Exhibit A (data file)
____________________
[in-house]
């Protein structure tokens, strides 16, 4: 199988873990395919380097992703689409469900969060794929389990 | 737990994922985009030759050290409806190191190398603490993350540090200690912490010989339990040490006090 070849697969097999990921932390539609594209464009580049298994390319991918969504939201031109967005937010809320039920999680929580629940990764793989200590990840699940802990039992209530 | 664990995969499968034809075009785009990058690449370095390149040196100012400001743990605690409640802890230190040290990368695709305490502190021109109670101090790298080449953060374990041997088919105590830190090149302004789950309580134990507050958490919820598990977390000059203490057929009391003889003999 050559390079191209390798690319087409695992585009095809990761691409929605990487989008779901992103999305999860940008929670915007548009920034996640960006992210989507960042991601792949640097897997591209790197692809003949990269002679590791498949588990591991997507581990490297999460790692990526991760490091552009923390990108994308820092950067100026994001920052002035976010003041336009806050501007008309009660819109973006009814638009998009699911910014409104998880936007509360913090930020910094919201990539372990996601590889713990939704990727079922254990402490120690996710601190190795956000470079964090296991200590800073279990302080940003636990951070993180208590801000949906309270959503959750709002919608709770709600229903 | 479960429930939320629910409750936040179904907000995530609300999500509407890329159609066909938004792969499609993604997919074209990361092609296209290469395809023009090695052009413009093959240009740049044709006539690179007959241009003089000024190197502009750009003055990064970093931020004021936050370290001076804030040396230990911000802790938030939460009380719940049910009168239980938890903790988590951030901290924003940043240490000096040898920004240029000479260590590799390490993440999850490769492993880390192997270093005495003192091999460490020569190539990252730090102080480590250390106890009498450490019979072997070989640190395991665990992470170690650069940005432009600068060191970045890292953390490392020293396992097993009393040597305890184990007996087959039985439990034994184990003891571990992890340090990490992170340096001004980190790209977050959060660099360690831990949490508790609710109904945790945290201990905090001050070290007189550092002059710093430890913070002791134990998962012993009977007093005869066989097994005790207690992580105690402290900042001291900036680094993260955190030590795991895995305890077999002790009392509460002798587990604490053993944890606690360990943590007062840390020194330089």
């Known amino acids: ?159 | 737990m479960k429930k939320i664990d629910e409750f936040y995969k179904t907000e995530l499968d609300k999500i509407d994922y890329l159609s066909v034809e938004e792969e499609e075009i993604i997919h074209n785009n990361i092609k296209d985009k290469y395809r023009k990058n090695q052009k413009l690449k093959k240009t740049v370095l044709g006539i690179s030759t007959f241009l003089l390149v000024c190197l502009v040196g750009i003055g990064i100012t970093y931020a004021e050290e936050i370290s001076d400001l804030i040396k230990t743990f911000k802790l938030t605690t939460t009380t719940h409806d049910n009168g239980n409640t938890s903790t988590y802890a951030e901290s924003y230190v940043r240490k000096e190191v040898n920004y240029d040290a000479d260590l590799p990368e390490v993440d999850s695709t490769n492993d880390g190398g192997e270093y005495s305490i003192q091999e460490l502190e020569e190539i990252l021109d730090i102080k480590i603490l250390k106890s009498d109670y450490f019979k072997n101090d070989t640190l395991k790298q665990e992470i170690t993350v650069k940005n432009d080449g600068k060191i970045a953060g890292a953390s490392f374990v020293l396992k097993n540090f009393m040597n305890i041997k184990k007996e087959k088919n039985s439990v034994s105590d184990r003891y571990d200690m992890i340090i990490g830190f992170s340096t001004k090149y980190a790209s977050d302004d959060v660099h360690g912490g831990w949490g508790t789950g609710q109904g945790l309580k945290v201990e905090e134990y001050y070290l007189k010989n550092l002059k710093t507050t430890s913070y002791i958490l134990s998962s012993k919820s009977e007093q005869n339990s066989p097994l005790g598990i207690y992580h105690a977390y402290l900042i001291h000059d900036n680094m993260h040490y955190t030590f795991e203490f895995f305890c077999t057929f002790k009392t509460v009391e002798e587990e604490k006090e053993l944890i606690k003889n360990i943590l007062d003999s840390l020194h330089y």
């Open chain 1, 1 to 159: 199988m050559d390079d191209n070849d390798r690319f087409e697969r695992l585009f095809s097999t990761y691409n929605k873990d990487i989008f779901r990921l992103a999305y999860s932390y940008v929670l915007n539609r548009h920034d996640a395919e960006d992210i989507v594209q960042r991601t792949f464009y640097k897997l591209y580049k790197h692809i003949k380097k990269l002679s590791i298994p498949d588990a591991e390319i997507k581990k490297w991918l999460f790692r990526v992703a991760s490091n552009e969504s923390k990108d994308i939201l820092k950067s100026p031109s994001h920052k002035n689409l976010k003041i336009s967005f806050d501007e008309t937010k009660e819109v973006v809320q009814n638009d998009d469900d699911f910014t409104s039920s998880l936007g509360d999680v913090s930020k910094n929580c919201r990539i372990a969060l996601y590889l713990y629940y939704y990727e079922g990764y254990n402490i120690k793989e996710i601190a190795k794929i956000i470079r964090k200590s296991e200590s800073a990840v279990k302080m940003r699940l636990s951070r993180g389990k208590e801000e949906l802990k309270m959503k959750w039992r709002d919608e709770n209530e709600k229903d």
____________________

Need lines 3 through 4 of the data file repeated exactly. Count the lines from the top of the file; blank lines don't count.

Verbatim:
């Known amino acids: ?159 | 737990m479960k429930k939320i664990d629910e409750f936040y995969k179904t907000e995530l499968d609300k999500i509407d994922y890329l159609s066909v034809e938004e792969e499609e075009i993604i997919h074209n785009n990361i092609k296209d985009k290469y395809r023009k990058n090695q052009k413009l690449k093959k240009t740049v370095l044709g006539i690179s030759t007959f241009l003089l390149v000024c190197l502009v040196g750009i003055g990064i100012t970093y931020a004021e050290e936050i370290s001076d400001l804030i040396k230990t743990f911000k802790l938030t605690t939460t009380t719940h409806d049910n009168g239980n409640t938890s903790t988590y802890a951030e901290s924003y230190v940043r240490k000096e190191v040898n920004y240029d040290a000479d260590l590799p990368e390490v993440d999850s695709t490769n492993d880390g190398g192997e270093y005495s305490i003192q091999e460490l502190e020569e190539i990252l021109d730090i102080k480590i603490l250390k106890s009498d109670y450490f019979k072997n101090d070989t640190l395991k790298q665990e992470i170690t993350v650069k940005n432009d080449g600068k060191i970045a953060g890292a953390s490392f374990v020293l396992k097993n540090f009393m040597n305890i041997k184990k007996e087959k088919n039985s439990v034994s105590d184990r003891y571990d200690m992890i340090i990490g830190f992170s340096t001004k090149y980190a790209s977050d302004d959060v660099h360690g912490g831990w949490g508790t789950g609710q109904g945790l309580k945290v201990e905090e134990y001050y070290l007189k010989n550092l002059k710093t507050t430890s913070y002791i958490l134990s998962s012993k919820s009977e007093q005869n339990s066989p097994l005790g598990i207690y992580h105690a977390y402290l900042i001291h000059d900036n680094m993260h040490y955190t030590f795991e203490f895995f305890c077999t057929f002790k009392t509460v009391e002798e587990e604490k006090e053993l944890i606690k003889n360990i943590l007062d003999s840390l020194h330089y």
């Open chain 1, 1 to 159: 199988m050559d390079d191209n070849d390798r690319f087409e697969r695992l585009f095809s097999t990761y691409n929605k873990d990487i989008f779901r990921l992103a999305y999860s932390y940008v929670l915007n539609r548009h920034d996640a395919e960006d992210i989507v594209q960042r991601t792949f464009y640097k897997l591209y580049k790197h692809i003949k380097k990269l002679s590791i298994p498949d588990a591991e390319i997507k581990k490297w991918l999460f790692r990526v992703a991760s490091n552009e969504s923390k990108d994308i939201l820092k950067s100026p031109s994001h920052k002035n689409l976010k003041i336009s967005f806050d501007e008309t937010k009660e819109v973006v809320q009814n638009d998009d469900d699911f910014t409104s039920s998880l936007g509360d999680v913090s930020k910094n929580c919201r990539i372990a969060l996601y590889l713990y629940y939704y990727e079922g990764y254990n402490i120690k793989e996710i601190a190795k794929i956000i470079r964090k200590s296991e200590s800073a990840v279990k302080m940003r699940l636990s951070r993180g389990k208590e801000e949906l802990k309270m959503k959750w039992r709002d919608e709770n209530e709600k229903d």